Has anyone else ever just openly balked at that common statistic on couples and kink? You probably know the one I’m talking about, it usually cites that approximately 10% of couples have practiced some form of BDSM. It’s always slightly distressed me. Now, rather obviously, getting a clear accurate depiction of the stats on kink and relationships is a tricky, complicated, and generally ambiguous process. One must take into account social (as well as political) forces that may make someone uneasy with releasing such information, even if they do so annonymously.
But, I think this is a semantic issue as well, it is an issue of language.
I know this because I have known kinky folks and had friendships and relationships with them for most of my adult life. A lot of them were older than me, more experienced, and because I didn’t see myself as being on the same playing field with them, I considered myself a very vanilla person. I also didn’t know a whole lot about the mechanics, as these folks were often my mentors and older friends, they weren’t training me, they just happened to be power-players. I thought that because I didn’t have some of the equipment or play publicly that I couldn’t consider myself anything but vanilla. That was until, I had that hilarious epiphany that many others have had, “Uh, yeah, Peep. You’re kinky alright.”
I don’t mean to demean or belittle vanilla folks, but I do mean to point out, as Never Say Never edited by Alison Tyler does, that even the most vanilla sex can have an edge, can be exploratory, can play with danger and a kink aesthetic.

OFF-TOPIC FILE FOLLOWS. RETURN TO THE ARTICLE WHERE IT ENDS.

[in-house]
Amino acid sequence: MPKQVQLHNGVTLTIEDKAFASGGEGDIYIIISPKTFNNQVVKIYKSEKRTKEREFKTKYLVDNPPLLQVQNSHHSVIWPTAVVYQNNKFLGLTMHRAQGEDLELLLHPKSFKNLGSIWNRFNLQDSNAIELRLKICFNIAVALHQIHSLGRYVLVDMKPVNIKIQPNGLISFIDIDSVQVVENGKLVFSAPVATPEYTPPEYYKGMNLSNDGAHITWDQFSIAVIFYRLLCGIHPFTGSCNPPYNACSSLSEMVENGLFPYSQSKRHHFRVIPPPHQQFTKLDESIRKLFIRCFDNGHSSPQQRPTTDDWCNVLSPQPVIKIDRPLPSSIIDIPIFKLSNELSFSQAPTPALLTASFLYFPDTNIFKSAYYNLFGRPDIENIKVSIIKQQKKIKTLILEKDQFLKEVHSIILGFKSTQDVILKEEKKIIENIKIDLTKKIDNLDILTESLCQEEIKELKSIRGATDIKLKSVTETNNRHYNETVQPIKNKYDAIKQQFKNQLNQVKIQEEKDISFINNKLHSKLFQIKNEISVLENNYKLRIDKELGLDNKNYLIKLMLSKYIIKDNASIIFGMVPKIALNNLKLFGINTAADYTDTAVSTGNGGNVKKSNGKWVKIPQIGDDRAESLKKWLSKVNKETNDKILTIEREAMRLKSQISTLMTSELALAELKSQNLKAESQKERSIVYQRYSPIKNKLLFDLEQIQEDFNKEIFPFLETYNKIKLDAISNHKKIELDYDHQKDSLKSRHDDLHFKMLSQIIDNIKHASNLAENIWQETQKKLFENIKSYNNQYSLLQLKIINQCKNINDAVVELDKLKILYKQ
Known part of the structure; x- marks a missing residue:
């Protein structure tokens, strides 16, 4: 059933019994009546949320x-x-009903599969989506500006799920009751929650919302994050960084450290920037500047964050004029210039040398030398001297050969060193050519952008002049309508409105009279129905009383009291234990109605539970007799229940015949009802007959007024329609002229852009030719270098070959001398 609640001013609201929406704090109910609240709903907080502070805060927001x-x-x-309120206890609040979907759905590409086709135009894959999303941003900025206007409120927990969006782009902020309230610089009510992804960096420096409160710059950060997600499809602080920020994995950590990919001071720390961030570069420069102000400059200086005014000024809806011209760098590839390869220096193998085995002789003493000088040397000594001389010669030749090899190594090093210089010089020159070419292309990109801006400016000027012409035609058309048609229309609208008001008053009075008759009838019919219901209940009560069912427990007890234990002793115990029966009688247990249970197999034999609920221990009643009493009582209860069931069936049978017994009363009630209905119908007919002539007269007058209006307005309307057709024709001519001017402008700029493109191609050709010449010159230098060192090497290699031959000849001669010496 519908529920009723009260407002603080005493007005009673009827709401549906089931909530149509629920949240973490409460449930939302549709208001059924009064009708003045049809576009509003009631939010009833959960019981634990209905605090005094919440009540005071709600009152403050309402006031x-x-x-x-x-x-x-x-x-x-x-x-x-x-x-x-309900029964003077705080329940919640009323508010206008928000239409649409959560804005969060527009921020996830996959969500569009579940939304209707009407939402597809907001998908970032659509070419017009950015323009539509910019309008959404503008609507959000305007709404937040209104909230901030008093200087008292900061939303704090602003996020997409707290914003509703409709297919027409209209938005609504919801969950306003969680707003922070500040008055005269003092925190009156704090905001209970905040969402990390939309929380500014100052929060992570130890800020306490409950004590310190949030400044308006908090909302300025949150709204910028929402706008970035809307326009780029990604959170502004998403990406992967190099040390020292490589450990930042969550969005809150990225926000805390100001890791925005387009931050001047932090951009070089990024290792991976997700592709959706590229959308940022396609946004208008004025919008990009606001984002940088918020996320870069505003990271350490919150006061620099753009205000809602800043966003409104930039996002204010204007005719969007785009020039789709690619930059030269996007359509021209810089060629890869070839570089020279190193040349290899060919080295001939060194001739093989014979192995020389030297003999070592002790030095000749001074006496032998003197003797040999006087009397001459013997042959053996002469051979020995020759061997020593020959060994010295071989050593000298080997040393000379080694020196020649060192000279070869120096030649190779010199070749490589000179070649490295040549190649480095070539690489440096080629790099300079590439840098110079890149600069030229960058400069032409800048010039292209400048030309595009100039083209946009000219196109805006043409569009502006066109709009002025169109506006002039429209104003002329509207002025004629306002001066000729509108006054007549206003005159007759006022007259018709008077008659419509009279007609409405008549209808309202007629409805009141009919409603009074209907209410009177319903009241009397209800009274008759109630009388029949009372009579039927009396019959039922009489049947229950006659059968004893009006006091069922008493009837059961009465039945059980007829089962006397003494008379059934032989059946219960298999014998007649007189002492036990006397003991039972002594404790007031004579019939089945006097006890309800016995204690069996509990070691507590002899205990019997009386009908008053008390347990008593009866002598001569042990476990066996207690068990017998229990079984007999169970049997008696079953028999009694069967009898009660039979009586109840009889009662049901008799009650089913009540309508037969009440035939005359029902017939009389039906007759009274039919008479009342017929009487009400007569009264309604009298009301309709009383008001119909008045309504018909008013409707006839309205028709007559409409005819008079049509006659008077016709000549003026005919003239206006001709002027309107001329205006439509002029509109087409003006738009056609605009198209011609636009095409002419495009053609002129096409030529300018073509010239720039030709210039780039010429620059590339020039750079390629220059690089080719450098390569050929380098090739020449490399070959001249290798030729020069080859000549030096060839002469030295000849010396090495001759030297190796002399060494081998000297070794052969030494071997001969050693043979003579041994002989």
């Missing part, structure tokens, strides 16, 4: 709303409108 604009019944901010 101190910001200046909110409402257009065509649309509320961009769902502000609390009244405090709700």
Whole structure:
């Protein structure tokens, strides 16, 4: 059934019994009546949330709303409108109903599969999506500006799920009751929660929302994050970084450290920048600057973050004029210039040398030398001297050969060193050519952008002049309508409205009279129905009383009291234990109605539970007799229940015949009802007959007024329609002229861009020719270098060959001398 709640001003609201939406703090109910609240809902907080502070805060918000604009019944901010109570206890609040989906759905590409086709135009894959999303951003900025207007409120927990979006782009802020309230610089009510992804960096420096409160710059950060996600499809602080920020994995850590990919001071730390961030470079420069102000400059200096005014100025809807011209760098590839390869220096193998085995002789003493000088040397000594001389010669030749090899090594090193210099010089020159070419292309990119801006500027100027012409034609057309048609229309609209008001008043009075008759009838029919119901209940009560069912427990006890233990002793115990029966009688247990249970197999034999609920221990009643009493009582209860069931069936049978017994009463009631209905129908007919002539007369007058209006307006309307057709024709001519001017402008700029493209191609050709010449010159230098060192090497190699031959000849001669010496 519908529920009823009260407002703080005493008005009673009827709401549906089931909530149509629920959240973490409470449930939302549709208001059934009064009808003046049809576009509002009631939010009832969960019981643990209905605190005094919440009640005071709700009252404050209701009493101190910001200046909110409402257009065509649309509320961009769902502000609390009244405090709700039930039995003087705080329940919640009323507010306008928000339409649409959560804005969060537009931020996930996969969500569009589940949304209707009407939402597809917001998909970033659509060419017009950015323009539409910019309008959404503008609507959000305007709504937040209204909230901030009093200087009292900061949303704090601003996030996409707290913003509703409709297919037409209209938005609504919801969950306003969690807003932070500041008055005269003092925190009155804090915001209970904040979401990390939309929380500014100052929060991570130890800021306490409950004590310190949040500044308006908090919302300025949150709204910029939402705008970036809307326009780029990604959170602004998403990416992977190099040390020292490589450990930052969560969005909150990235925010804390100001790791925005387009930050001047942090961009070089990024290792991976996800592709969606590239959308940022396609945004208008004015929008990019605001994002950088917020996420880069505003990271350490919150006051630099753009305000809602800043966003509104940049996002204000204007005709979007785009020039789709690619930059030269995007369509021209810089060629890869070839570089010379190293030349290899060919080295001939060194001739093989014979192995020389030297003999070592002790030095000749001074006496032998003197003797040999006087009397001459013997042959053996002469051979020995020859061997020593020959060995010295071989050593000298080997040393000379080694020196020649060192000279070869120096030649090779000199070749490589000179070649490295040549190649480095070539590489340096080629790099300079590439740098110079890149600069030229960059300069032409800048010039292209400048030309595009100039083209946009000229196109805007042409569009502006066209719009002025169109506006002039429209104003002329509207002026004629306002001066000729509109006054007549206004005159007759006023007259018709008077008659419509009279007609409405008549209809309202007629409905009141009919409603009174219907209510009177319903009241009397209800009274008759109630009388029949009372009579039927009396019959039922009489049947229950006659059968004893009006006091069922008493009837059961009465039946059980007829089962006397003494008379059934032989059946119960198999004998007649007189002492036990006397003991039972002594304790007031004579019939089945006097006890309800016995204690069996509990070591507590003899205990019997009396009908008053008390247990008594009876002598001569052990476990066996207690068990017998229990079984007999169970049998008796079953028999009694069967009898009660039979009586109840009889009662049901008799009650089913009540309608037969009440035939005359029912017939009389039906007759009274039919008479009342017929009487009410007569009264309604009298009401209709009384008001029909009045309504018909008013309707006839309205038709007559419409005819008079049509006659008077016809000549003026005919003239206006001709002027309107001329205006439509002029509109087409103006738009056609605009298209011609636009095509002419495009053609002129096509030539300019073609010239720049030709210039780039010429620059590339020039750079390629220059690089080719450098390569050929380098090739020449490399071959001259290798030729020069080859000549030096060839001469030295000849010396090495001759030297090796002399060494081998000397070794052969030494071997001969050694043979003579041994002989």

Many folks, I think, are more afraid of the language of kink than the actual practices within. And what I like about Alison Tyler’s Never Say Never is that it begins by mischievously demanding the reader to get over those fears, and to start opening the realms of possibility. Tyler implores the reader that they can either keep on with fantasy and sexual lives that may or may not suit their more carnal desires or they can, read this book, arm their brains (and other parts too) with ideas, knowledge, and pointers—-and go out and explore.
Because this book is a book for couples—-and not in old school Marriage Manuel sort of way. Tyler’s new book sits on the edge of what I think (and desperately hope) is a new tide in writing on monogamous, and/or long term couples. I incorporated Alison Tyler’s mantra: monogamy does have to equal monotony into how I thought about our cultural narratives surrounding partners. I mean,how is that the media both supports the “couple” (read: married, heterosexual, and reproductive) as the main unit of social organization and at the same time, also presents this same couple as foreclosed from sexual satisfaction or diversity or really the possibility of erotic pleasure of any kind?
Like, wait what?